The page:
Why I love baseball (more than the other sports)
by, 08-29-2012 at 09:20 AM (1670 Views)
As I watched the game on TV last night (trying to put comparative images of The Towering Inferno out of my mind) I found myself wondering why I even loved this game so much. I even tried watching some basketball instead, but inevitably my finger kept moving toward the “last” button on the remote to check back on the game. Why? What is it about baseball that has me so ensnared, even when my home team is the Minnesota Twins? After reflection, here are five reasons I still love the game – even this year.
- There’s no clock. One of my pet peeves is sports that play games with the clock for competitive advantage. The final two minutes of a basketball game can take fifteen minutes to play. After the two-minute warning football changes its stripes completely and becomes a whole new animal. Hockey is better as you can’t stop the clock in the middle of the action with a time-out, but stalling tactics are still common. But in baseball, you can’t just run out the clock when you have a lead. You have to make that final play, get that last out, before the game can end. I remember watching last year’s World Series. Twice in game six Texas was one pitch away from winning it all. But they couldn’t get that last pitch, and St. Louis ended up winning the series. In baseball you have to finish what you started; there are no shortcuts.
- The relaxed pace of play. I know the trend these days is for more extreme games, with more speed, more contact, more “rad.” I guess I’m showing my age here, because I like the more deliberate gameplay of baseball. Do the dead times between pitches sometimes get heavy? To be sure. I do prefer a pitcher who cuts that down to a minimum and doesn’t dilly around before getting set up for the next pitch. But I like that you don’t have to keep your eye on the screen every second of every minute for fear of missing the action. It’s easier to pay attention and I prefer the more relaxed atmosphere.
- I love the sense of history that goes with the game. More than any other of the professional sports, baseball is tied to the history of America. The professional game has roots from before the Civil War and the current league system came into being in the waning days of Reconstruction. Since then baseball has been a part of the American scene. This was something that was driven home to me afresh when I visited Cooperstown this summer. It truly is the national pastime, even if football has usurped it in popularity in recent years.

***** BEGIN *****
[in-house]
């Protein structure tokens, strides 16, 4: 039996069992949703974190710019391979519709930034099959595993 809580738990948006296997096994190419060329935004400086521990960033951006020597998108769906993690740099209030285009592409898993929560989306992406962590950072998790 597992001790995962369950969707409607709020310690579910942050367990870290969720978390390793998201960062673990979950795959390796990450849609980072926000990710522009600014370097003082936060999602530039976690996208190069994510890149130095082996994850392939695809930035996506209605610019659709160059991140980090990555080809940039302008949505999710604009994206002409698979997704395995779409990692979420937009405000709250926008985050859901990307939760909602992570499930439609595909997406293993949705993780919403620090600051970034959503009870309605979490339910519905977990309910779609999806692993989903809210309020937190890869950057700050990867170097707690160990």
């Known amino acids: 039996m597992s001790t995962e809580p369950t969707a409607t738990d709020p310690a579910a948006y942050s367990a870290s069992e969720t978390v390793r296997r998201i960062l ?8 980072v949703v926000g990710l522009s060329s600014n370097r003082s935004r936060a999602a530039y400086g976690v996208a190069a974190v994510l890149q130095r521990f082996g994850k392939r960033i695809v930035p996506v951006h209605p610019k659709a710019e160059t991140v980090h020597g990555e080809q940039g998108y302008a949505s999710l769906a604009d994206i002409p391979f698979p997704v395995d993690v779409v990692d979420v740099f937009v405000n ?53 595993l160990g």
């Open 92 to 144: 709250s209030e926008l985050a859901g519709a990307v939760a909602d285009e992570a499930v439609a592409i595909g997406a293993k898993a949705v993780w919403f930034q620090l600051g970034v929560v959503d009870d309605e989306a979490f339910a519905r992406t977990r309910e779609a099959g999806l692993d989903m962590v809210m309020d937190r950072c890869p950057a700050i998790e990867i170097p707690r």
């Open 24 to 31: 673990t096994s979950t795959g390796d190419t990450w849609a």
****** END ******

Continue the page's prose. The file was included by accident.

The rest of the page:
- The gap between the “rich” and the “poor” is smaller than the other sports. No, I’m not talking economics here (and certainly not politics). I’m talking about the chances of a home fan seeing a win, regardless of who the home team is. Even the top teams in baseball struggle to win more than 60% of their games, and even the worst teams can usually manage to win 35-40% (Houston excepted, of course). Yes, you have stars, and some teams are perennially better than others, but even a Twins fan like myself can go to the ballpark with a reasonable hope of seeing a win. Hockey is also better in that way (which is part of why I like hockey too, and also because I played it), but in basketball and football if you have a bad team there just isn’t much incentive to go watch the team play. You can go for the atmosphere, for the whole game-day experience, but you don’t go for the game, which you know in advance will probably suck. More than any other sport, a baseball fan of even a bad team can enter the stadium with hope.
- There’s always tomorrow. I used to love watching football; my family had Vikings season tickets back when they were going to Super Bowls. Now, my interest is almost nonexistant. Why? Because I got tired, whenever the Vikings or Gophers lost, of being depressed for a whole freaking week. Life is too short for that. In baseball, even if you lose, there is always the (decent) chance that tomorrow will be different – you don’t have to wallow in it. Even in a bad season, you can look forward to the next day when maybe they’ll win and you’ll go to bed feeling satisfied rather than depressed. As a person of faith, I like hope. I prefer looking ahead to the good days to come than obsessing over past losses. In baseball I can do that more than the other spectator sports.
That’s why I love baseball.